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Secret history of our streets

I’m just catching up with a series of documentaries about particular streets in different areas of Scotland, called The Secret History of Our Streets. I didn’t realise until I looked up the website just now that this is actually the second series — the first was on streets in London. Having seen two out of three episodes of the second series, I’m really sorry that I missed the first, because it has been fascinating.

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WWI Photographs

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Since this year is the centenary of the start of the First World War, there have been a number of interesting documentaries on TV about the Great War. One of these was a fascinating programme about the photographs taken by soldiers themselves in the trenches: Hidden Histories: WW1’s Forgotten Photographs. I have been meaning to write about it for quite a while, but it has slightly haunted me, and I have been struggling to find the words to express what I’d like to say about it.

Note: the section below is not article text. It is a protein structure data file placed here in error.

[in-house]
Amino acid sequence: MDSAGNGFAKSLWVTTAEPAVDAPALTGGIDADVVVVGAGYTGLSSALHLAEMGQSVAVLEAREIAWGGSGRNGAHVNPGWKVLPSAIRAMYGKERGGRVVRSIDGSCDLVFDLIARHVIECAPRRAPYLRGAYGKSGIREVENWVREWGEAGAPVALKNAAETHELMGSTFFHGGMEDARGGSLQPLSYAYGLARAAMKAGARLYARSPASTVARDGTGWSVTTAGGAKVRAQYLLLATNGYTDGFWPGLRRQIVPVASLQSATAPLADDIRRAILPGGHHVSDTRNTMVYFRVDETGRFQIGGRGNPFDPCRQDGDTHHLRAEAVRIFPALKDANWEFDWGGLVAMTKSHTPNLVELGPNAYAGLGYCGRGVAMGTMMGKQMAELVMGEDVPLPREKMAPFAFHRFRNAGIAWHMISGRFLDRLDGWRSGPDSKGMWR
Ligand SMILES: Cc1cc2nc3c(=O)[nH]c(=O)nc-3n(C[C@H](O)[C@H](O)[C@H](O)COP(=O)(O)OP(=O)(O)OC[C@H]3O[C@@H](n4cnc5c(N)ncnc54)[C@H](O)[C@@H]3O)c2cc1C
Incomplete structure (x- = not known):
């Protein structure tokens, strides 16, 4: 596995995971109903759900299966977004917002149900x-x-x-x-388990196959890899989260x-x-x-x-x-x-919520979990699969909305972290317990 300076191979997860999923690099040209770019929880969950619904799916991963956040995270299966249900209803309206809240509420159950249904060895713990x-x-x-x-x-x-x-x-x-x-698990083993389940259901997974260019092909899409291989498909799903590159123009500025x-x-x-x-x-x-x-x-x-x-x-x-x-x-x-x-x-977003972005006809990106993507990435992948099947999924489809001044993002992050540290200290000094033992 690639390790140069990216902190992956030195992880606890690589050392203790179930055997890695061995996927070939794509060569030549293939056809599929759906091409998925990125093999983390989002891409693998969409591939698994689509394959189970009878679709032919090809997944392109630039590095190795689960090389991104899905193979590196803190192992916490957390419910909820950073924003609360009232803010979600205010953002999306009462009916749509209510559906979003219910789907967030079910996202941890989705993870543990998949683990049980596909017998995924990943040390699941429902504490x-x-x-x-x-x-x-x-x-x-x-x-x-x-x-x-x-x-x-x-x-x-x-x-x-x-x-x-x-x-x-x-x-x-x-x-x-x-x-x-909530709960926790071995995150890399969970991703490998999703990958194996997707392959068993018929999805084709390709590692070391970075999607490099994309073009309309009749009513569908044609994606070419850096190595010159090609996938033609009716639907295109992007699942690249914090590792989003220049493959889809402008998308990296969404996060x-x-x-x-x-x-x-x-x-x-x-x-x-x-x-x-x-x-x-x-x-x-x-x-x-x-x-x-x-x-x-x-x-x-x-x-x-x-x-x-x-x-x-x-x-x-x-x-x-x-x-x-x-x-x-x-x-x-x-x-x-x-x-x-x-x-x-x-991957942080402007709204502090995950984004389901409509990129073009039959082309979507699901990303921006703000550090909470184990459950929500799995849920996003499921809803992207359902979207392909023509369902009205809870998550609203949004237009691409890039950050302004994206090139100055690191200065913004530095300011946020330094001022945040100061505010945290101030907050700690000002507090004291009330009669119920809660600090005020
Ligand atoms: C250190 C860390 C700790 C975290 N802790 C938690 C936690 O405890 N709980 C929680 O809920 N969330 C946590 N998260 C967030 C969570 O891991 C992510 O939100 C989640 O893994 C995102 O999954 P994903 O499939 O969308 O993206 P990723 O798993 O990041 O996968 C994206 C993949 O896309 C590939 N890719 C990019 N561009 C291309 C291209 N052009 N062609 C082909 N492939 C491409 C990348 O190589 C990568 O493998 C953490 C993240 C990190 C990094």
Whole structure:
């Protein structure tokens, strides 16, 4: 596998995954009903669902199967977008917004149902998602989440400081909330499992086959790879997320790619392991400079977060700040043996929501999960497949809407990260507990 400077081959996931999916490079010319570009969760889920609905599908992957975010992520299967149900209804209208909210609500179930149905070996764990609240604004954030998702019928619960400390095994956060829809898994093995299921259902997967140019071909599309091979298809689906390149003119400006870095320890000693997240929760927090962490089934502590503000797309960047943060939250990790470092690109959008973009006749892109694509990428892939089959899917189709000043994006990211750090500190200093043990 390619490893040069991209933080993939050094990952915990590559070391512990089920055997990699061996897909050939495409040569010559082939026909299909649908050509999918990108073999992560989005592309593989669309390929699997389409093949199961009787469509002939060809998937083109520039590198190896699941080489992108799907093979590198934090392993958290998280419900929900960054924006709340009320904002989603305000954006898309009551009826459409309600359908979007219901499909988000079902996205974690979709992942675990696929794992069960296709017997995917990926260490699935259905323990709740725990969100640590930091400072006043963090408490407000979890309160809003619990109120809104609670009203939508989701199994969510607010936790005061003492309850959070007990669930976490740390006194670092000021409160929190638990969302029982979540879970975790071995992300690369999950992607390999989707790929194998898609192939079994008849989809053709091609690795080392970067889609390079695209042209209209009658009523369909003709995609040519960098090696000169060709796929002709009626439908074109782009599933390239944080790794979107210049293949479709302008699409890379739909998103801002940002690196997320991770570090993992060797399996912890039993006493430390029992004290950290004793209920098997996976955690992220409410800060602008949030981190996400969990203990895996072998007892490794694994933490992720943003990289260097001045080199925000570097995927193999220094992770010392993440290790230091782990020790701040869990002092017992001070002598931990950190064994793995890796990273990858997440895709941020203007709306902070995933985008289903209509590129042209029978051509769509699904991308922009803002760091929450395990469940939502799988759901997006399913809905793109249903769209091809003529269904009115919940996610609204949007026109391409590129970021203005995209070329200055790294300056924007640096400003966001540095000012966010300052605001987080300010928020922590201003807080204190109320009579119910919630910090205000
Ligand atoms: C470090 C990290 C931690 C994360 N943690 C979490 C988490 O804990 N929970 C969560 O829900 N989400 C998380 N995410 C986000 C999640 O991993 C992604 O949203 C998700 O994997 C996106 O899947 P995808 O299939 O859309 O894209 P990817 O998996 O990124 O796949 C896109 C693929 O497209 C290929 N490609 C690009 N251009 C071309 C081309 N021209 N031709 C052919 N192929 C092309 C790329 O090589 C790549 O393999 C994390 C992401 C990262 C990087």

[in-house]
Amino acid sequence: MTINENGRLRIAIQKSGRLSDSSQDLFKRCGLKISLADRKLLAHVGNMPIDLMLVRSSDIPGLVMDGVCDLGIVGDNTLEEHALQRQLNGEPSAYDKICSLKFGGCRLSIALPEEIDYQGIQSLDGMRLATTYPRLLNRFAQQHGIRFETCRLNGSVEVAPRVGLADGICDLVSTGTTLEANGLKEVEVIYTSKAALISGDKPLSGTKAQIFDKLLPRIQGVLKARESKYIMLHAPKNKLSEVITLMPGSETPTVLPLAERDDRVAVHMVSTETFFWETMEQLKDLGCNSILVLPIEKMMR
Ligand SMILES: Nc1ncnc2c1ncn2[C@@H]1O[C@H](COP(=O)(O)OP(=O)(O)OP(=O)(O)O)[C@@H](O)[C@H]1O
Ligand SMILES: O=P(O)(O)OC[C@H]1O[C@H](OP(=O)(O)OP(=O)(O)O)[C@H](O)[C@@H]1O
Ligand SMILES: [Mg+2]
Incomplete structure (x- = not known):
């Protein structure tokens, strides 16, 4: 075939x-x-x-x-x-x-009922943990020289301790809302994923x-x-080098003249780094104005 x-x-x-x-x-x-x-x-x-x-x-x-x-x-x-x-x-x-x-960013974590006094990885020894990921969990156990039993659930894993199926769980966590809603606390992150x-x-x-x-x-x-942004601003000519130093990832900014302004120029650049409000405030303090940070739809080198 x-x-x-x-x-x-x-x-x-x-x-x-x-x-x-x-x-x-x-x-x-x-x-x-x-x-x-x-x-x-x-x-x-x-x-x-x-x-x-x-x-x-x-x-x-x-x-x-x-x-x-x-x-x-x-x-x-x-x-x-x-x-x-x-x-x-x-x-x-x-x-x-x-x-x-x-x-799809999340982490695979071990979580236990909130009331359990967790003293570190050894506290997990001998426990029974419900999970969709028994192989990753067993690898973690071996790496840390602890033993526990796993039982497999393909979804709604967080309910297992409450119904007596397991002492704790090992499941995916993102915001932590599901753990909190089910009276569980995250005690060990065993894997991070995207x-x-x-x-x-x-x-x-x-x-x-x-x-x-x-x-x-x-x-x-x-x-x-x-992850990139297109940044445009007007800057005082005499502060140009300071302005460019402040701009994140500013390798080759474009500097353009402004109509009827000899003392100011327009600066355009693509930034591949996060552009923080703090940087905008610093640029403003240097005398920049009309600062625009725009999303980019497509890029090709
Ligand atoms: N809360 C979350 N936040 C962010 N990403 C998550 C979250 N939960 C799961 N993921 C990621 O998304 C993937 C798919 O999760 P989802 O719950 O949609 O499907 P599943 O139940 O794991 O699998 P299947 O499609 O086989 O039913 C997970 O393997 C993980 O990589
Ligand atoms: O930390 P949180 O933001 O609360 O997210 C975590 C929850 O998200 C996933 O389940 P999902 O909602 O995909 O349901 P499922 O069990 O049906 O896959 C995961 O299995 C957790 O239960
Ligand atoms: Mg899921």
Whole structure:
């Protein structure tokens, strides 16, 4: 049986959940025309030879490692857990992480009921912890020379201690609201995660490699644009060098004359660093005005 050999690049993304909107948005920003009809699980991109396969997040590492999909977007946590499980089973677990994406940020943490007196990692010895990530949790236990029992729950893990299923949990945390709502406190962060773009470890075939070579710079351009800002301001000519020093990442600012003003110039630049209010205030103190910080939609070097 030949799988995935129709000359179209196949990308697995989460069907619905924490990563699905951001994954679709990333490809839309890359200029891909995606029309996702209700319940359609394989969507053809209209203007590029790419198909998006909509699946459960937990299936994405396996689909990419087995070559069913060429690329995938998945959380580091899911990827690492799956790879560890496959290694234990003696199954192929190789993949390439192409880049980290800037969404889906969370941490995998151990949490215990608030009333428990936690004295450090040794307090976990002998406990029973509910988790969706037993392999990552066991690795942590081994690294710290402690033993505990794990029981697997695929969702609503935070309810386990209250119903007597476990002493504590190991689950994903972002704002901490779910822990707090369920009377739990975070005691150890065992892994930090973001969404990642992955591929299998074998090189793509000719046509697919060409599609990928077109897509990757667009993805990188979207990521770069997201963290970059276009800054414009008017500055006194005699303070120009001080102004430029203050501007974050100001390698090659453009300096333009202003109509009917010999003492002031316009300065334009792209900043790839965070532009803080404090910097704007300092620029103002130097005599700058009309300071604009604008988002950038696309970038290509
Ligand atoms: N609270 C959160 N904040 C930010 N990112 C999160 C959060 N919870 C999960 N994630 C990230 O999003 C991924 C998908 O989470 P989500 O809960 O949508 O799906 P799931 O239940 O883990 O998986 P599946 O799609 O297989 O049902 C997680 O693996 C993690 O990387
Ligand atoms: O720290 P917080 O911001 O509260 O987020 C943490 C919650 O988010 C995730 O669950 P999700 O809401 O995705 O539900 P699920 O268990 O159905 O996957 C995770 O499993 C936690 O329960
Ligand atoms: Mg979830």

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Warhorses of Letters

I am in awe of fabulously creative writers. I’m talking about Robert Hudson and Marie Phillips — the kind of people who can write a radio comedy series about a love affair conducted by letter between two warhorses, or as they describe it, “A gay, equine, military, epistolary romance for the ages”. Not only have the three series of ‘Warhorses of Letters’ been hilarious, but the very last episode that I listened to last week (and again this morning) was so utterly moving that I was astonished to find myself with big fat tears rolling down my face.